Customers will share data but don’t rest on your laurels

consumersConsumers around the world are finally coming to terms with the fact that the exchange of personal data is essential for the smooth running of modern society.

So says a new study commissioned by the Global Data & Marketing Alliance (GDMA), in partnership with Acxiom and the DMA UK, called the 2022 Global Data Privacy: What the Consumer Really Thinks.

The fourth report since 2012, and the latest since 2018, the study now covers 16 countries, representing over half the world’s population and reveals how attitudes have changed over the past four years.

It shows how consumers are increasingly comfortable with data sharing, especially if there is a clear benefit of doing so, with the vast majority (82%) prepared to engage with the data economy in 2022.

Unsurprisingly, trust in an organisation remains the most important factor driving consumers’ willingness to share personal information with a company. Across the 16 countries surveyed, 38% of consumers rank “trust in an organisation” in the top three factors that make them happy to share data with an organisation.

Since the 2018 edition, which surveyed 10 of the same markets, many countries have implemented new or updated data protection legislation. When making like-for-like comparisons between 2018 and 2022, there are some important trends observed that show an increasingly positive public sentiment to data exchange, the report’s authors claim.

In 2022, almost half (46%) of global consumers across 10 markets feel more comfortable with the notion of data exchange with businesses – such agreement has grown from 40% in 2018.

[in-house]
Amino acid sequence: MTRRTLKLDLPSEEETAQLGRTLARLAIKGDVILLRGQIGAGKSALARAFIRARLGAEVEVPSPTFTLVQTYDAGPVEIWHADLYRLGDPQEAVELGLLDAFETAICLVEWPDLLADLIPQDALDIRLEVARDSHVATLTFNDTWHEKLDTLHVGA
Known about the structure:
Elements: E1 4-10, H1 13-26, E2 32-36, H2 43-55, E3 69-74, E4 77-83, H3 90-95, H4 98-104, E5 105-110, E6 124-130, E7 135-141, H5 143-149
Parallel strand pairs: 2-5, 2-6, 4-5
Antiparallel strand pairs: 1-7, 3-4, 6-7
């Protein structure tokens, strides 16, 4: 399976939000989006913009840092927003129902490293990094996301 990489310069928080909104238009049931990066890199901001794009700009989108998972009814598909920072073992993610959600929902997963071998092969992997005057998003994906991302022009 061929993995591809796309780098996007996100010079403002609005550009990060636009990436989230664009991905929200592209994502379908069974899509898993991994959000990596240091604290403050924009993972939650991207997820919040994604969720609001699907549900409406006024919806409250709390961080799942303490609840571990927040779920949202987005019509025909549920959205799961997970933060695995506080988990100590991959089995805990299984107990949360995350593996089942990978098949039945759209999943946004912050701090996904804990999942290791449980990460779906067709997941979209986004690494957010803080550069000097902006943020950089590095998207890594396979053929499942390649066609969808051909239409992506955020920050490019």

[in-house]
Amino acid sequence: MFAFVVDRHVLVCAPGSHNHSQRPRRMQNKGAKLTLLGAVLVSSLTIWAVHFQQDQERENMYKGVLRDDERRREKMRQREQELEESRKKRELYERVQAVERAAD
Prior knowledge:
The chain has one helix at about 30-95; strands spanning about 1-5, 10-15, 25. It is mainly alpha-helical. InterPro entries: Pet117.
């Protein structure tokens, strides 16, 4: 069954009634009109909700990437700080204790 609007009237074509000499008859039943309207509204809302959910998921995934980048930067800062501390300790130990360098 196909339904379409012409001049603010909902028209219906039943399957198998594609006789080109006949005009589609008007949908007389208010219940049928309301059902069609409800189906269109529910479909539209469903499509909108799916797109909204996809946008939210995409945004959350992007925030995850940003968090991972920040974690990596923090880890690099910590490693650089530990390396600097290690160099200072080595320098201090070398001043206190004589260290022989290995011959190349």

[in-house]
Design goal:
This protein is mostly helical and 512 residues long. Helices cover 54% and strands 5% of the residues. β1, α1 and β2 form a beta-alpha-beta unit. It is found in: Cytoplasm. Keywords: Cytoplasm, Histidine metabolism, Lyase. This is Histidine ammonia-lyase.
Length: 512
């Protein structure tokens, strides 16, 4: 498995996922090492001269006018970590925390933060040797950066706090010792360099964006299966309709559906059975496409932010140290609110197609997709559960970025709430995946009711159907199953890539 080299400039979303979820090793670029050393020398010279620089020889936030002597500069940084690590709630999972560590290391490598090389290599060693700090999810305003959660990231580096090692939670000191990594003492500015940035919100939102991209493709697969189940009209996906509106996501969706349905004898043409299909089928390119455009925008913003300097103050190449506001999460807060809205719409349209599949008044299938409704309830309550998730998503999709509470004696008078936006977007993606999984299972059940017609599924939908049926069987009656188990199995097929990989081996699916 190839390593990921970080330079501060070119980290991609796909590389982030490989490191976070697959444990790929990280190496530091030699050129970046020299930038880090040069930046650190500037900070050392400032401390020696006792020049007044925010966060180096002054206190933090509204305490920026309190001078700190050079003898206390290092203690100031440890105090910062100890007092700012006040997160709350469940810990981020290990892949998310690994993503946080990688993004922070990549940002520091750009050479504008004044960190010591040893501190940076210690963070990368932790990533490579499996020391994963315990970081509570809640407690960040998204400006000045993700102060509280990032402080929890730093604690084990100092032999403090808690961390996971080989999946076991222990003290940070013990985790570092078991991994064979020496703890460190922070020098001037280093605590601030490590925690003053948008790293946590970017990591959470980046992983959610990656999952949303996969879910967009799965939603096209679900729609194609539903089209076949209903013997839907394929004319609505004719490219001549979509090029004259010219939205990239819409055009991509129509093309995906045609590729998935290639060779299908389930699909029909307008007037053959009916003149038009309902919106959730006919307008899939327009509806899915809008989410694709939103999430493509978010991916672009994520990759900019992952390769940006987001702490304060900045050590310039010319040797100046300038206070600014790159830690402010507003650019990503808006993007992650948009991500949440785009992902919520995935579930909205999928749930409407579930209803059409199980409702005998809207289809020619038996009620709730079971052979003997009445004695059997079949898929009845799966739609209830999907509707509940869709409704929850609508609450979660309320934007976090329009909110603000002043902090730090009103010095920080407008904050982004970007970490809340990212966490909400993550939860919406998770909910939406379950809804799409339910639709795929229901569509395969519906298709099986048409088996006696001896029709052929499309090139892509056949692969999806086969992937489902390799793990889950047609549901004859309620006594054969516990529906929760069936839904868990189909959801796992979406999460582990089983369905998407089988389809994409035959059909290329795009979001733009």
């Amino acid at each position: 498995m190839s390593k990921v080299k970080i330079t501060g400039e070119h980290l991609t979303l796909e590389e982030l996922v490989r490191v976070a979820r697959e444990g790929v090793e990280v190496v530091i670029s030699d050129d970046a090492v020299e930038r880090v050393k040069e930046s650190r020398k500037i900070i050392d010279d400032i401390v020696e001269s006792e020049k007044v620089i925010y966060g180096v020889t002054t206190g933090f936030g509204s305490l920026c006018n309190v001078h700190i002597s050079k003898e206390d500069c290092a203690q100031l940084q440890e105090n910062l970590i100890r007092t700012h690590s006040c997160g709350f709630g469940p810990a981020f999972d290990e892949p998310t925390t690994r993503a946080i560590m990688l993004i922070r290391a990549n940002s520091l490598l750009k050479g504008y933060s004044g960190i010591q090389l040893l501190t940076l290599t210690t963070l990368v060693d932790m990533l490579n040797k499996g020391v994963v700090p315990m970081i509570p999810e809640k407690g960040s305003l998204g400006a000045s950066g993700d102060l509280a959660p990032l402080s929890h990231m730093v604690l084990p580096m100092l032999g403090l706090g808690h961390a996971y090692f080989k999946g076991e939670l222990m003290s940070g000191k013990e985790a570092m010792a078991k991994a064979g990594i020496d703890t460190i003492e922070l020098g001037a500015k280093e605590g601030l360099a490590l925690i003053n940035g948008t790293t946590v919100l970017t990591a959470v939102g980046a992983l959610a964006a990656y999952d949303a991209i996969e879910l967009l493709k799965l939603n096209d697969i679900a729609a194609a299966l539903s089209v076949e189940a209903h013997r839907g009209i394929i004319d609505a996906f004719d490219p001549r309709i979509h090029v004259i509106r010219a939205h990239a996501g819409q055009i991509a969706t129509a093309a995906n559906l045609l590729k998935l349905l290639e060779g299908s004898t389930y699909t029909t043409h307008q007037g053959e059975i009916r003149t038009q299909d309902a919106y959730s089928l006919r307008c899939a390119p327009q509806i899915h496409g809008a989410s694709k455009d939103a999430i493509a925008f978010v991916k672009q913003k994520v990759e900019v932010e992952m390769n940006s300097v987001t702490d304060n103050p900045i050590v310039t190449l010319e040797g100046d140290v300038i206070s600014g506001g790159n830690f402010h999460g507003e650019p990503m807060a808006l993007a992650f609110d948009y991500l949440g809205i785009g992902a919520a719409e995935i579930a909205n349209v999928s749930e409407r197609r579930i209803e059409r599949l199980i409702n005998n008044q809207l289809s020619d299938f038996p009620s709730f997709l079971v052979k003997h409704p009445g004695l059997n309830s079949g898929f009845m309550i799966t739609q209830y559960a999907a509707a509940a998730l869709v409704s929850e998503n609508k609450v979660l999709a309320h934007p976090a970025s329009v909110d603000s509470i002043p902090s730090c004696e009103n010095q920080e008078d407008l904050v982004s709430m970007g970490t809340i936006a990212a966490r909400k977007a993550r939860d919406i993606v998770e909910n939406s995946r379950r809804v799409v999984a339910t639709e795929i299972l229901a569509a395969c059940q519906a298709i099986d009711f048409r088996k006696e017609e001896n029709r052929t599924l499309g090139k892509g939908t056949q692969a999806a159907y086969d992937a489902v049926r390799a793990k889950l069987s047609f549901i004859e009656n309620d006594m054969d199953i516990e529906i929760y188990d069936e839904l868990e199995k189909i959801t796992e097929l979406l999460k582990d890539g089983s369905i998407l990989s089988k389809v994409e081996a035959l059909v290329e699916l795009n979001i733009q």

In addition, a similar proportion (48%) of consumers across the 10 countries stated data exchange as essential for the running of modern society – rising from 41% back in 2018.

Another trend to have emerged over the past four years is the rise of a group dubbed the “data unconcerned”; people who show little or no concern about their data privacy.

Nearly a third (31%) of consumers across the 10 global markets now fall into this category – up from 26% in 2018. There is also a decline of “data fundamentalists”, who are unwilling to share personal information. Just one in five (21%) now state they fall into this cohort – down from 23% in 2018.

The majority of consumers (47%) surveyed remain “data pragmatists”, who are happy to exchange data with businesses so long as there is a clear benefit for doing so.

GDMA chair Martin Nitsche, who is also president of the German direct marketing association (Deutscher Dialogmarketing Verband), said: “Consumers understand the part data has to play in the data value exchange. Trust remains the most decisive factor driving consumers’ willingness to share data, so the guiding principle of valuing privacy must engender trust at the heart of customer communication.”

Meanwhile Jed Mole, who is now CMO of IPG agencies Acxiom, Kinesso, and Matterkind, reckons that while some media reports would have us believe people are more worried than ever before, the reality is more people are getting familiar with data and technology and in return concern is falling.

But he added: “Not to say we can relax. Indeed, to the contrary, we need more engaged and pragmatic minds around data. So, while people have less concern than before when it comes to data matters, it matters greatly that we collectively work to understand how people think, so that we may help them have a balanced view of this amazing digital age and how it works for people. This research helps make that possible.”

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